نتیجه گیری انگلیسی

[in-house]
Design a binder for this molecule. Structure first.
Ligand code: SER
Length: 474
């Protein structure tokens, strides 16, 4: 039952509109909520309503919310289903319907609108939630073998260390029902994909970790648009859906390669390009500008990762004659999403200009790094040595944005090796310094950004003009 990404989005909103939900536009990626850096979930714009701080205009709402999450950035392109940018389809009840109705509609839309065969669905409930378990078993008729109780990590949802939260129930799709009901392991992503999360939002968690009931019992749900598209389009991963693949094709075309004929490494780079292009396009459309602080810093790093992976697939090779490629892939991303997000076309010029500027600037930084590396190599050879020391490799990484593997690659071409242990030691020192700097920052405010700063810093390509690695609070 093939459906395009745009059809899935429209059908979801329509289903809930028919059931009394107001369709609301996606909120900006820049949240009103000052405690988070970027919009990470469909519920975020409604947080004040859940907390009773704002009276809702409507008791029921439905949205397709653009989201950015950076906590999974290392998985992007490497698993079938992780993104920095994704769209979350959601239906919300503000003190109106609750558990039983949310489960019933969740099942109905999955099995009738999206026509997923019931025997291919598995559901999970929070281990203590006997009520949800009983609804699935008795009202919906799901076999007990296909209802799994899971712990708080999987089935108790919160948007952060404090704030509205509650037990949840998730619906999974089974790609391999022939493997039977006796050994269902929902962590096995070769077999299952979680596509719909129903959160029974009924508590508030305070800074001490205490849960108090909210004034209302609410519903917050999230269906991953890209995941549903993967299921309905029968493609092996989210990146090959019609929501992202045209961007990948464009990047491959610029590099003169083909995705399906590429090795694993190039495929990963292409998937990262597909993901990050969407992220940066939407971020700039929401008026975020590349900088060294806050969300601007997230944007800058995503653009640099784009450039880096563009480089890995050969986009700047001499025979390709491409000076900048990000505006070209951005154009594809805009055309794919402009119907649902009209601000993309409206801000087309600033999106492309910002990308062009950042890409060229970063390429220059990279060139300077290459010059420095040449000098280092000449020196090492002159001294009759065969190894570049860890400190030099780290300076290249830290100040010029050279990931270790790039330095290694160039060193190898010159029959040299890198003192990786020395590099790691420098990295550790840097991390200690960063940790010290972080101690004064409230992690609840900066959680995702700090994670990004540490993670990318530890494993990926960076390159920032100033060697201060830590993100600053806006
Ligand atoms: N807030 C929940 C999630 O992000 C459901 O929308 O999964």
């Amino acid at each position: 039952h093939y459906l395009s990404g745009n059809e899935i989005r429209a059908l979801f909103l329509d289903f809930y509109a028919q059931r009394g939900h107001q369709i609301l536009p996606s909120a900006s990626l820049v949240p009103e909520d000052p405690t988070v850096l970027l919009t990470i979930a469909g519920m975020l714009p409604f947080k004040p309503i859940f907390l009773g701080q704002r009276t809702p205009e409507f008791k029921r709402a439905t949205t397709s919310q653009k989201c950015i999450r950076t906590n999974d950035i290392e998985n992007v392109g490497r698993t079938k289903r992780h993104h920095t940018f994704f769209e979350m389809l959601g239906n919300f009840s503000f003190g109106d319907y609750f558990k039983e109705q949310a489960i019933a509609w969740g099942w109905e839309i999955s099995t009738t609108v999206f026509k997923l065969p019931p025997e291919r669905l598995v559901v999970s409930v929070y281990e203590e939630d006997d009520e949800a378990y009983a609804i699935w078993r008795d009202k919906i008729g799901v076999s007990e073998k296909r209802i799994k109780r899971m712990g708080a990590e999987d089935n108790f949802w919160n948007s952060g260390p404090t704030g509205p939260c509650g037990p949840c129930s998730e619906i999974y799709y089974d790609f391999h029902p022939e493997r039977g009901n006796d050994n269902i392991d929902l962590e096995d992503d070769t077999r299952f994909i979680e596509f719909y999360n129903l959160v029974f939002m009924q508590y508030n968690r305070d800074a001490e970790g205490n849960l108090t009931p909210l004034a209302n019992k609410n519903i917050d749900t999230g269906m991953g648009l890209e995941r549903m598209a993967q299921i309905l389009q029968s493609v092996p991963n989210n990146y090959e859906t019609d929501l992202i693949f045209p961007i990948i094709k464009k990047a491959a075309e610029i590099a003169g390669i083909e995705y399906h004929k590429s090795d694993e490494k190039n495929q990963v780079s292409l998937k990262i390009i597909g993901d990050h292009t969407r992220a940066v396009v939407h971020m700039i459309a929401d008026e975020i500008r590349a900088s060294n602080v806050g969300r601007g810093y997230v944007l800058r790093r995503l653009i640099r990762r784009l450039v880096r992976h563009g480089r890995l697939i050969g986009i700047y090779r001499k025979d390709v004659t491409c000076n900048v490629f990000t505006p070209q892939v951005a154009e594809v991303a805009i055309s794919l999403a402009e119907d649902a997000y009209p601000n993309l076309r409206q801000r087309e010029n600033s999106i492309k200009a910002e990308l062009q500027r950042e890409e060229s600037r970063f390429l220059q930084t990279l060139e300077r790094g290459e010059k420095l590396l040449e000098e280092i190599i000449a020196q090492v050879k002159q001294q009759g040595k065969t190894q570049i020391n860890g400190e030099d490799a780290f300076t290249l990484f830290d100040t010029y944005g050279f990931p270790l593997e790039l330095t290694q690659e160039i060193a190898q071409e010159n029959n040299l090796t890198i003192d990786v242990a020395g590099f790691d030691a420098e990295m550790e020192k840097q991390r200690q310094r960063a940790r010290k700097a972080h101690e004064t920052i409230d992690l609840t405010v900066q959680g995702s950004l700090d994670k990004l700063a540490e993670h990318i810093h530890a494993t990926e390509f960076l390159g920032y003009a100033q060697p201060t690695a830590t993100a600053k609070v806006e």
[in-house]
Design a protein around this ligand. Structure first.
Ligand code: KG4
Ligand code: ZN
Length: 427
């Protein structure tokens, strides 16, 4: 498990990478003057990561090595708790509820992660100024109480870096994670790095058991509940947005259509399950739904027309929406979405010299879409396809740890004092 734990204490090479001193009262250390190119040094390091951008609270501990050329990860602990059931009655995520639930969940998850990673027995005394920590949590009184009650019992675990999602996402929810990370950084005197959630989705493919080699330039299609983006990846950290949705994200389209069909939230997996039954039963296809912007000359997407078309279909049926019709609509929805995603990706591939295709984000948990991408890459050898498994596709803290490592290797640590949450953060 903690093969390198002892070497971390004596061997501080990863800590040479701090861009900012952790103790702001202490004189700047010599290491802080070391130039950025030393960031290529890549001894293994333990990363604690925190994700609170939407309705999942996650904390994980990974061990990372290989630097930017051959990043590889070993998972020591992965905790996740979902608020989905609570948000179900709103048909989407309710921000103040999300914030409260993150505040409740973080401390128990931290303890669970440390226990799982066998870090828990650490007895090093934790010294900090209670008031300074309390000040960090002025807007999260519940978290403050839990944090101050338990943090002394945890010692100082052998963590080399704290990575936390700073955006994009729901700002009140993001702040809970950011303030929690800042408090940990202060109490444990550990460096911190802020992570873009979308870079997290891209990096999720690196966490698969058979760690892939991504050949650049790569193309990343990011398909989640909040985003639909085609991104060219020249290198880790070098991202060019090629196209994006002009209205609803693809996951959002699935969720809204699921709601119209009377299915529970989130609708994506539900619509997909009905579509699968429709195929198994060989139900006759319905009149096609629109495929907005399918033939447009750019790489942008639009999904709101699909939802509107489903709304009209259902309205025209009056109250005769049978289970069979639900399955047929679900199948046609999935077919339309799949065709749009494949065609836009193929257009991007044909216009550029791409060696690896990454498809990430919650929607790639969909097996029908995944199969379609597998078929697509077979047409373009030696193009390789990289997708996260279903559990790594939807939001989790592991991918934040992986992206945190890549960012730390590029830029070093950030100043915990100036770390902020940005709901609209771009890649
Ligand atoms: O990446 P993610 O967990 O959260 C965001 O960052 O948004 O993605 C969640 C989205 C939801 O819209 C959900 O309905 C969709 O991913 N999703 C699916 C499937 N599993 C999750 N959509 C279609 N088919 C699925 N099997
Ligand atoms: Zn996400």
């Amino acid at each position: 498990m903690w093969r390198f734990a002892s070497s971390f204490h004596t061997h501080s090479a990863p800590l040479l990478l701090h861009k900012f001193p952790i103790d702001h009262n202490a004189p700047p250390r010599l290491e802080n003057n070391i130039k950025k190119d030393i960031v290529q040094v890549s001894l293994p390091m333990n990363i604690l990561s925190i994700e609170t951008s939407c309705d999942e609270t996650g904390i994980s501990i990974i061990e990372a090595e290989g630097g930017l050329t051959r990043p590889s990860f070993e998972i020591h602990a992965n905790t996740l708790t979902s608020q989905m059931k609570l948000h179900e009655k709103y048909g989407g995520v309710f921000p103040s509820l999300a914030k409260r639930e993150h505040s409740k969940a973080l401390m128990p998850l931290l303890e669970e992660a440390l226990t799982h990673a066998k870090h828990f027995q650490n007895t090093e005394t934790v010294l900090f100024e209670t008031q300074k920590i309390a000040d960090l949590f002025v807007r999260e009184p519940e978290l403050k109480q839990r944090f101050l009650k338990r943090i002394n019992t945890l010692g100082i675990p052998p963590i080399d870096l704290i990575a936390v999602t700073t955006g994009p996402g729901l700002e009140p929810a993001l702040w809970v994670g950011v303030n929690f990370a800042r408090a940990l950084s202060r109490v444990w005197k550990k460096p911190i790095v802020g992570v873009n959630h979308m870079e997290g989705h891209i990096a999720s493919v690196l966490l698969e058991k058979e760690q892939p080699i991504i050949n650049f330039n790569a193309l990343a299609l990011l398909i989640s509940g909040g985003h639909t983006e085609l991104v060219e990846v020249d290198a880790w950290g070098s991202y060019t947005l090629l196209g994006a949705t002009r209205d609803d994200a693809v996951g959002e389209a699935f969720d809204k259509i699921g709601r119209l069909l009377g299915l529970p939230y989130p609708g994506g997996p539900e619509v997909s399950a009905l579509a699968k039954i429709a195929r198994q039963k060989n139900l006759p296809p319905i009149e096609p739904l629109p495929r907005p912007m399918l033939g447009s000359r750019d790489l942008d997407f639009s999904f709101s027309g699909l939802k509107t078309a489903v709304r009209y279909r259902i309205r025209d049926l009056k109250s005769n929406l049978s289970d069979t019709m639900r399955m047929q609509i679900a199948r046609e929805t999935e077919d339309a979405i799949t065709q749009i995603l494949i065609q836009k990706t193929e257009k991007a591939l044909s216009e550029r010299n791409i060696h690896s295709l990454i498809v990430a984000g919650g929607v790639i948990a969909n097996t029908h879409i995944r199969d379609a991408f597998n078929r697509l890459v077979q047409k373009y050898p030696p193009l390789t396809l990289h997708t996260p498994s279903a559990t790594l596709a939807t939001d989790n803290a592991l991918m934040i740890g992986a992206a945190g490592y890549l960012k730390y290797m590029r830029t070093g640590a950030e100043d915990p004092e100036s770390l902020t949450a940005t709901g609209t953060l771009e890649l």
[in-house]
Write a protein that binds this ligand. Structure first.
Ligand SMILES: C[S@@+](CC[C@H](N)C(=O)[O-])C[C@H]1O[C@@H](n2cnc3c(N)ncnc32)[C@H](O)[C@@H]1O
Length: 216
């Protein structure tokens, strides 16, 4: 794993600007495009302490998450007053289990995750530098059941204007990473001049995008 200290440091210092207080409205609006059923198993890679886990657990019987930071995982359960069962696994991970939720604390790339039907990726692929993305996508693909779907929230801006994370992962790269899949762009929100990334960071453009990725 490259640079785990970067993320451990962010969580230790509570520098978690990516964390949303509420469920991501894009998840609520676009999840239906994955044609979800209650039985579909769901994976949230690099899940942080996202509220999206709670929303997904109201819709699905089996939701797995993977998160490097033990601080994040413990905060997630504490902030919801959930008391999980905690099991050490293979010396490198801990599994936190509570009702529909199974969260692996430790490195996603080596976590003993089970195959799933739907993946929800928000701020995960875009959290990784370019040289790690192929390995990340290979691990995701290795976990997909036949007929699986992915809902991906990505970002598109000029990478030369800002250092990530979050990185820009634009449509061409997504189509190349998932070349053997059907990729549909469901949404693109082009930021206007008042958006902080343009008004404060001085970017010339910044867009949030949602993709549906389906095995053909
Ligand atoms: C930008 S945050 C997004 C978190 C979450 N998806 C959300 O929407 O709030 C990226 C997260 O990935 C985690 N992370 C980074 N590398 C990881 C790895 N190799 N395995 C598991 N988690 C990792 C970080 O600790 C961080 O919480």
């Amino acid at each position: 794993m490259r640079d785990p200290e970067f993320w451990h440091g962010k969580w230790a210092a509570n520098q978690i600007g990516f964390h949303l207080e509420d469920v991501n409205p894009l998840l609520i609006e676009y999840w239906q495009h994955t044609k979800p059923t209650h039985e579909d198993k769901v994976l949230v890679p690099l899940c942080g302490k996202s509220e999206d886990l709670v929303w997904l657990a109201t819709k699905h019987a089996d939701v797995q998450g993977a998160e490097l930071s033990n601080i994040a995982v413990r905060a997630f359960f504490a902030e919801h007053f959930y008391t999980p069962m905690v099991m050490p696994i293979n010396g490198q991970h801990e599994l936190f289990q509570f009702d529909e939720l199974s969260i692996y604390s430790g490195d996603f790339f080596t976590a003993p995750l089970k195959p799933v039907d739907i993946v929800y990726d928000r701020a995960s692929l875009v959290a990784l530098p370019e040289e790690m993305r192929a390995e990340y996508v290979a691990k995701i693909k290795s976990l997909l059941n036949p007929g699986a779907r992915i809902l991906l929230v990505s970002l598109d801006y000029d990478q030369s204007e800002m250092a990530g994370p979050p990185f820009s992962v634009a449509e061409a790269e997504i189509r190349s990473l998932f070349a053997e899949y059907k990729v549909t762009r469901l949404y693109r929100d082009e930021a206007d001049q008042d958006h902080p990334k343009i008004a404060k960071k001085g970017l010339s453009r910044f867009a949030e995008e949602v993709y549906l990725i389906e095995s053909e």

Findings Personal and historical individual characteristics Subjects’ personal characteristics such as gender, race, age, education, marital status, and employment were included in the data base. There were no significant differences among the personal characteristics of the subjects. For both self-inflicted suicidal and SbC subjects, White, middle-aged, unemployed, high-school educated, and single males were more likely to come to the attention of the police in their attempts or successful completion of suicide. The data base also included information about the subject's history of mental illness treatment, prior suicide attempts, criminal history, and drug addiction. Backgrounds of criminal history and drug abuse were not significantly different between the two groups; however, previous suicide attempts and mental illness treatment differed significantly. While a higher percentage of self-inflicted suicide subjects had one previous suicide attempt, SbC subjects were more likely to have attempted suicide multiple times. Also, although both groups had similar backgrounds in outpatient counseling, self-inflicted suicide subjects were more likely to have a history of mental hospital commitments. Characteristics related to the individual during the incident included intoxication, criminal act as part of the situation, a precipitating crisis or domestic dispute, weapon used and refusal to surrender. While there was not a significant difference between the two groups as far as intoxication or a precipitating crisis, a criminal act as part of the incident, the weapon used, and surrender to police were significantly different. SbC subjects were more likely to have committed a criminal act immediately before the incident, more likely to possess a gun, and less likely to surrender to police than self-inflicted suicide subjects. About one-third of the self-inflicted suicides did not have a weapon at all. There was a significant difference in the outcome of the incident also. The majority of self-inflicted suicides could be defined as “attempts” because they resulted in no injury. On the other hand, outcome for SbC subjects were bimodal with about equal percentages split between no injury and death (Table 2).